for smaller places, I don’t think this is necessary myself. For one thing, there isn’t really a process whereby places are evaluated by curators or staff and acted upon. A place doesn’t change anything (like an ID) that other users depend on. Additionally, for many places, there might not be an online source for their boundaries, either because they are from part of the world where online sources for places don’t exist in many cases or because they are informal/user-defined solely (yard projects, parts of school grounds, etc.)

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the more often the place is actually used, the more justification for its existence. if you’re not going to use it, and nobody else is likely to use it either, or if you’re only going to use it once or twice, it probably doesn’t need to exist in the system.

to the extent that you can use the Explore page instead of a checklist, creating a place without a checklist should reduce the burden on the system.

you can get this information without needing a place.

you could approximate the boundaries of a place using a box or a circle, and then you could look for the species in that area that you haven’t seen. for example: https://www.inaturalist.org/observations?lat=34.43156871694205&lng=-81.6890998058282&place_id=any&radius=6.753734887265693&subview=map&unobserved_by_user_id=jfox16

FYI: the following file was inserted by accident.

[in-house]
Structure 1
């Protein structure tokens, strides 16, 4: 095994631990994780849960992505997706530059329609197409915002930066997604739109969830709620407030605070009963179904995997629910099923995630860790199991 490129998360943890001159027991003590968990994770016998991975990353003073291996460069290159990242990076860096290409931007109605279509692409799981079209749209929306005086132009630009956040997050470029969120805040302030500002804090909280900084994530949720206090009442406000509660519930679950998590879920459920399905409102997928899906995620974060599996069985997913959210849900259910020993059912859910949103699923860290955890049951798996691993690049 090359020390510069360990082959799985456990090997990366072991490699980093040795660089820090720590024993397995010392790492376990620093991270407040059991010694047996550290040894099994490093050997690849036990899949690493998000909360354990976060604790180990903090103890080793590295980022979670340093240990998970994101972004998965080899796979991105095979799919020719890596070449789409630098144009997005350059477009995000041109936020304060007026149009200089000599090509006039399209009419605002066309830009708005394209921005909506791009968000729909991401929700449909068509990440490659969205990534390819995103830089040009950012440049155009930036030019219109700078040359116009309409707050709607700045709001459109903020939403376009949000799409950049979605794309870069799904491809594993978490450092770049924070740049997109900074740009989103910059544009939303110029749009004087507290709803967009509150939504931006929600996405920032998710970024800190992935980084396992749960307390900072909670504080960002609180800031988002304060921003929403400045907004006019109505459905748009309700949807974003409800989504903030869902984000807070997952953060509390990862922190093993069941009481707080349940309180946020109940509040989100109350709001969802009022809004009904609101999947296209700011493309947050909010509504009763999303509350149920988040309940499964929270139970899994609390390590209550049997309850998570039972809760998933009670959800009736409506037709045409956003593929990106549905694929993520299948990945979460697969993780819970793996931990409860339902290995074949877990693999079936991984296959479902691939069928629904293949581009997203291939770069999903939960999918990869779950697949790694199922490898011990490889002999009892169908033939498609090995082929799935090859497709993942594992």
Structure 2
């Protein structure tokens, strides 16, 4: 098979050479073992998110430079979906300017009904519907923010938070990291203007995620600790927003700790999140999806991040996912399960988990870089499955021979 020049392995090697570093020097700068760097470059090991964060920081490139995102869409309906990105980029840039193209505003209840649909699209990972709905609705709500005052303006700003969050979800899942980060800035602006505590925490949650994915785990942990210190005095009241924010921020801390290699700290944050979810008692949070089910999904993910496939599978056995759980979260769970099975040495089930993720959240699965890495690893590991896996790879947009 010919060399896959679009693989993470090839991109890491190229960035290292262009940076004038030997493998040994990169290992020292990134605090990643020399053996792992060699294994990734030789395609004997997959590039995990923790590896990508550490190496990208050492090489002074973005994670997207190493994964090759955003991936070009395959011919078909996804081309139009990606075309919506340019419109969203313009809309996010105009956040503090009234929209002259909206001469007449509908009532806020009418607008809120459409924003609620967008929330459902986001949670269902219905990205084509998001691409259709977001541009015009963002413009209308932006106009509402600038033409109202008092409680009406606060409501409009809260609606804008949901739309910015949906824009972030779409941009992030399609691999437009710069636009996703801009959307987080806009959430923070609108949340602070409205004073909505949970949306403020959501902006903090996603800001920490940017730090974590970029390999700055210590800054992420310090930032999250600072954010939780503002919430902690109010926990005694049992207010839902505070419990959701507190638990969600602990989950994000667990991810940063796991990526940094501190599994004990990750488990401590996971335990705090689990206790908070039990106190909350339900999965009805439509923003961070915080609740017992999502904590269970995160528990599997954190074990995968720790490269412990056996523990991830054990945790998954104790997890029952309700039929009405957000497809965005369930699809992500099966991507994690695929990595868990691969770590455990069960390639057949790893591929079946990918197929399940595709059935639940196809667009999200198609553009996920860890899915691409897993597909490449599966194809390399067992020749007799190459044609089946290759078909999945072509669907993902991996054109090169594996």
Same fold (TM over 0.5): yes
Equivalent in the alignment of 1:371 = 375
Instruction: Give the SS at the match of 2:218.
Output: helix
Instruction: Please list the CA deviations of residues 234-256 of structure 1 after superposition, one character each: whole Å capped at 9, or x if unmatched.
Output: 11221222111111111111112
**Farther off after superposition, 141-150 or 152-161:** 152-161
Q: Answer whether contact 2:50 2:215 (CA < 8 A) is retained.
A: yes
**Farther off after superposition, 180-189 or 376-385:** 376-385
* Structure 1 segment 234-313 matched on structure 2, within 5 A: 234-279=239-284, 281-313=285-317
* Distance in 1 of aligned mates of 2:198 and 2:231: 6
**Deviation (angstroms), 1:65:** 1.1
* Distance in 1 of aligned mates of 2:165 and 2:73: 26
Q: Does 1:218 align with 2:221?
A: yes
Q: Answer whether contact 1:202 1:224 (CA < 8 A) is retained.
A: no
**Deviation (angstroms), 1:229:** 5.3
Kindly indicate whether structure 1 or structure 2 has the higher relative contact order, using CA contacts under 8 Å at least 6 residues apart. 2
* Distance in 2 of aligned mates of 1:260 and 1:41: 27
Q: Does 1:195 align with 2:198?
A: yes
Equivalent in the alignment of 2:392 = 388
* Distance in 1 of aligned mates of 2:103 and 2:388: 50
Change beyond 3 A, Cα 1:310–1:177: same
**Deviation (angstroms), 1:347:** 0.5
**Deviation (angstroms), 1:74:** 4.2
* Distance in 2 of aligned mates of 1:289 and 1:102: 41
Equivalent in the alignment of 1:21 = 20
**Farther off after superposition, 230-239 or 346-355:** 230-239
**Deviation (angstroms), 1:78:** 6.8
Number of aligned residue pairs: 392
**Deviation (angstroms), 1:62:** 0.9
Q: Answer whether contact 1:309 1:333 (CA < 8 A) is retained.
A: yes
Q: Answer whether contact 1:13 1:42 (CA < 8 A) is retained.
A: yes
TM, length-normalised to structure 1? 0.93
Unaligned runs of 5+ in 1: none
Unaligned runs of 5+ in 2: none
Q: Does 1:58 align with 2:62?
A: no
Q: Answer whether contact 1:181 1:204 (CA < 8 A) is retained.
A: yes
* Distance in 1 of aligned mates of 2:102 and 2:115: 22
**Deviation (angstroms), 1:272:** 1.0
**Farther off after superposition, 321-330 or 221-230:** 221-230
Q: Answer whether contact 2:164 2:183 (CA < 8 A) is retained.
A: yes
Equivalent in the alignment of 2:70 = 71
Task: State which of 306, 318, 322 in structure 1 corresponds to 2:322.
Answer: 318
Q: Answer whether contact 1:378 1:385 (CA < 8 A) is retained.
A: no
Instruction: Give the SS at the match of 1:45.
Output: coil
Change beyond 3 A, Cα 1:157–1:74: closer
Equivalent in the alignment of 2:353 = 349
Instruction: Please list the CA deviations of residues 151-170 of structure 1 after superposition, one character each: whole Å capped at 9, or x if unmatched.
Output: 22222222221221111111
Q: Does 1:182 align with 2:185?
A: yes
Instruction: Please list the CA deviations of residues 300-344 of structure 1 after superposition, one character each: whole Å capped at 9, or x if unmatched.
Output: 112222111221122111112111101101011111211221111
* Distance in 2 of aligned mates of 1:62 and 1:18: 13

here’s a somewhat taxonomic view of the information above (which is effectively the same information that you would get from the unobserved species view in your Dynamic Life List, specifying circle or box instead of a place): https://jumear.github.io/stirfry/iNat_observations_taxonomy?verifiable=true&lat=34.43156871694205&lng=-81.6890998058282&radius=6.753734887265693&unobserved_by_user_id=jfox16

this describes another way to visualize this kind of information without having to define any boundaries: https://forum.inaturalist.org/t/identifriday-is-the-happiest-day-of-the-week/26908/1631.

here’s another way to get similar information in a different way: https://forum.inaturalist.org/t/a-tool-to-help-you-fill-local-data-gaps-easily-missed/37575.

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I use iNat extensively for mapping plant species that are either rare on their own (e.g. Potentilla montana) or indicative of rare habitats (e.g. Arenaria montana). Much of that information is then uploaded to the platform https://flora-on.pt which is maintained by the Portuguese Botanical Society and is the reference about plant distribuitions in Portugal. That database is organized by UTM grid zones. The assessment of the conservation status of a particular species takes into account the number of UTM grid cells where that species was detected (among several other parameters, of course). Therefore, it is relevant to
“swipe” UTM grid cells in search for endangered species.

That’s where iNaturalist comes about. In my (voluntary) field work I use the iNaturalist app all the time to check where I am, where I’ve been, where I saw that species before, where I am most likely to find it - in a particular UTM grid cell that I am exploring that day. For this purpose, I use the “explore” feature and search for observations in given place, that place being the UTM grid cell whose boundary has been previously defined and uploaded. By doing that, not only do I see the boundaries on the map but I also see what has already been observed in that cell.

Does this represent an excessive and unjustifiable burden on iNat servers? I don’t know. But this seems legitimate to me, it dramatically increases the efficiency of my field work, so I’ve been doing it.